NINE Batches of Caramel & Sea Salt Ganache. This was definitely the most popular flavor this round, as some of you ordered boxes filled solely with caramel truffles! (You know who you are…)

EIGHT 6.6-lb Bags of Valrhona Chocolate Discs. It is a beautiful thing to open one of these substantial bags and be greeted with the intoxicating aroma of fresh deepest darkest chocolate. But when you have eight of those in your kitchen??? All I can say to that is MERRY CHRISTMAS!!!

SEVEN Hours of Sleep Nightly (almost!) Unlike last December when I first launched CocoaRoar and was massively sleep-deprived, I was thrilled to average more than six hours of sleep a night this month!

SIX Fabulous Flavors: extra bittersweet, caramel&sea salt, Grand Marnier, fresh mint, raspberry earl grey, and ginger. I loved them all, and I hope you all did too.

FIVE Golden Spools of Raffia Ribbon. The scarlet boxes tied with gold ribbon look so festive, but this color scheme is not limited just to Christmas and is in fact the CocoaRoar signature look.

FOUR-and-Forty Batches of Ganache. Life can’t be all that bad when you’re blending ridiculous quantities of bittersweet chocolate with obscene amounts of heavy cream to make one silky batch of ganache after another, then scooping countless truffles out of the ganache once it has set.

THREE Memorable Performances of Handel’s “Messiah” at Carnegie Hall. My hands still smelled like cocoa, no matter how frequently I washed my hands before the concerts! But my heart was filled with joy to play this incredible music in such a magnificent hall with treasured friends and colleagues. Between sharing chocolate and music-making with dear friends, to say nothing of playing music of such hope and a love so incomprehensibly great, life felt undeniably full and rich this month.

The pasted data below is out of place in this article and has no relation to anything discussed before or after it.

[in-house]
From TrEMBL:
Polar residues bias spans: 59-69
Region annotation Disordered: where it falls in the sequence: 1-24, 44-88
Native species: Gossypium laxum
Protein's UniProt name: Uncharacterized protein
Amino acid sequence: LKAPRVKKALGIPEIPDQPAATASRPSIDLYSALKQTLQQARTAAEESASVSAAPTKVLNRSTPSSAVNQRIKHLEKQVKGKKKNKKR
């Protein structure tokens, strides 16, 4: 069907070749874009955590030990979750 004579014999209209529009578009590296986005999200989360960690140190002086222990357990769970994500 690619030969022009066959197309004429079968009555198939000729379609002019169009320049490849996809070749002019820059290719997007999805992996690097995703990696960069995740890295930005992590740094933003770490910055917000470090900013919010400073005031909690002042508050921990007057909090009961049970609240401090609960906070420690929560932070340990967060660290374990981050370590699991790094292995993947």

TWO Hundred+ Leopard-Tissue-Lined Boxes, all of which were eventually filled with either six or twelve truffles. I lined the boxes up on my bookcase just so that I would have a visible sense of accomplishment as the towers got smaller. The three-deep stack of boxes originally was so high that it covered my movie-still photo of Mrs. Robinson’s extended leg in “The Graduate”! I felt happier as the stack got lower and lower, eventually revealing postcard-sized movie posters of Paul Newman in "The Hustler" and Audrey Hepburn in "Breakfast at Tiffany's". And soon enough, all 200+ boxes were filled with chocolates and delivered to their happy recipients!

Instead of "a partridge in a pear tree" to finish off the Twelve Days of CocoaRoar Christmas, I would be remiss if I failed to include ONE HUGE THANK YOU to all of you who have responded to my truffles and other culinary endeavors this year! You have no idea how much I love sharing these morsels of chocolate decadence with you all, and sharing my other food-related adventures with you here on Kitchen Fiddler has been a true delight.

I wish you all a happy and healthy 2009 filled with friendship and love, great music and fabulous food, and joyful adventures of all kinds!

Friday, November 28, 2008

A Festive Cranberry Cocktail

I realized yesterday that I have not eaten turkey on Thanksgiving since I moved out of my parents’ house in 1991. It’s not that I’m a vegetarian or that I even have anything against turkey, but I guess I’ve always been a rebel when it comes to traditional holiday food. From the time I was a teenager, I always made pizza for my family each year on Christmas, serving it on the good china with real silverware. We all loved it, so much so that I wondered why we ever felt compelled to do the standard turkey&potatoes routine for Thanksgiving each year which always seemed so boring in comparison. This was the beginning of my rebellion against the confines of the traditional holiday menu.


From the time I was living on my own, I have usually hosted Thanksgiving at my place, so the menu planning is up to me. For many years I prepared a scrumptious Italian feast, one which often involved a lasagna with homemade spinach noodles and a real Bolognese sauce that completely erased any thoughts of turkey from anyone’s mind. There were years when I did my own riffs on the typical Thanksgiving side dishes to satisfy the cravings of those wanting a more traditional holiday meal. I have roasted countless root vegetables and transformed all varieties of winter squash into fabulous dishes from soup to dessert. I never tire of doing variations on mashed potatoes, and I have built entire meals around a hearty stuffing as the main course. But no turkey anywhere. By now it’s almost become a point of pride.